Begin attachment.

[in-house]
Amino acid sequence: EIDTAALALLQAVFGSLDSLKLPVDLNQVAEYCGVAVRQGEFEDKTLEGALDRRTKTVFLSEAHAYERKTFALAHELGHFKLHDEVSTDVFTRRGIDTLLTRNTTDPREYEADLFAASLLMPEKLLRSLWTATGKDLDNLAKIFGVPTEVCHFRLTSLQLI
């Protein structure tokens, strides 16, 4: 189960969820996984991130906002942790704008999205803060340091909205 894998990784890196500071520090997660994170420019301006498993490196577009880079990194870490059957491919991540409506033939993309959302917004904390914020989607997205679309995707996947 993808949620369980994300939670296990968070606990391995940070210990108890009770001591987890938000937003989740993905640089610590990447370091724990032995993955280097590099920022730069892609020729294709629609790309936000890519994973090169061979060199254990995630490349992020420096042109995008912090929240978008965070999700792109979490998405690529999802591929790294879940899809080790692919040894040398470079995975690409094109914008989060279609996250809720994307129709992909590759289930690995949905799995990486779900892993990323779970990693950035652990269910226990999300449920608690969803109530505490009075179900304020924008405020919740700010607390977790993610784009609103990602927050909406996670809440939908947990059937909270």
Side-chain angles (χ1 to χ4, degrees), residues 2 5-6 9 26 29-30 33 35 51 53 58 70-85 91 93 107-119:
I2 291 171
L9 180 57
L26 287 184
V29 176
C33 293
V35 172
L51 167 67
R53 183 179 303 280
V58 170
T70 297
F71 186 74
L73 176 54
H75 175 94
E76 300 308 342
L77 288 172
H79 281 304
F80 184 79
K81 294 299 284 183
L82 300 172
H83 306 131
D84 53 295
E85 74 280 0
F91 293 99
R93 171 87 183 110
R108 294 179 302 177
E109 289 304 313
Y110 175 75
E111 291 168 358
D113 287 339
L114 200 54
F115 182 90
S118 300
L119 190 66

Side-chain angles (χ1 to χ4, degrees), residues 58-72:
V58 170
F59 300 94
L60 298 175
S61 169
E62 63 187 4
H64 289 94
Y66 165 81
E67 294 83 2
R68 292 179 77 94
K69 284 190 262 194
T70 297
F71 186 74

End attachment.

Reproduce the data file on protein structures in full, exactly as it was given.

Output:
[in-house]
Amino acid sequence: EIDTAALALLQAVFGSLDSLKLPVDLNQVAEYCGVAVRQGEFEDKTLEGALDRRTKTVFLSEAHAYERKTFALAHELGHFKLHDEVSTDVFTRRGIDTLLTRNTTDPREYEADLFAASLLMPEKLLRSLWTATGKDLDNLAKIFGVPTEVCHFRLTSLQLI
């Protein structure tokens, strides 16, 4: 189960969820996984991130906002942790704008999205803060340091909205 894998990784890196500071520090997660994170420019301006498993490196577009880079990194870490059957491919991540409506033939993309959302917004904390914020989607997205679309995707996947 993808949620369980994300939670296990968070606990391995940070210990108890009770001591987890938000937003989740993905640089610590990447370091724990032995993955280097590099920022730069892609020729294709629609790309936000890519994973090169061979060199254990995630490349992020420096042109995008912090929240978008965070999700792109979490998405690529999802591929790294879940899809080790692919040894040398470079995975690409094109914008989060279609996250809720994307129709992909590759289930690995949905799995990486779900892993990323779970990693950035652990269910226990999300449920608690969803109530505490009075179900304020924008405020919740700010607390977790993610784009609103990602927050909406996670809440939908947990059937909270």
Side-chain angles (χ1 to χ4, degrees), residues 2 5-6 9 26 29-30 33 35 51 53 58 70-85 91 93 107-119:
I2 291 171
L9 180 57
L26 287 184
V29 176
C33 293
V35 172
L51 167 67
R53 183 179 303 280
V58 170
T70 297
F71 186 74
L73 176 54
H75 175 94
E76 300 308 342
L77 288 172
H79 281 304
F80 184 79
K81 294 299 284 183
L82 300 172
H83 306 131
D84 53 295
E85 74 280 0
F91 293 99
R93 171 87 183 110
R108 294 179 302 177
E109 289 304 313
Y110 175 75
E111 291 168 358
D113 287 339
L114 200 54
F115 182 90
S118 300
L119 190 66

Side-chain angles (χ1 to χ4, degrees), residues 58-72:
V58 170
F59 300 94
L60 298 175
S61 169
E62 63 187 4
H64 289 94
Y66 165 81
E67 294 83 2
R68 292 179 77 94
K69 284 190 262 194
T70 297
F71 186 74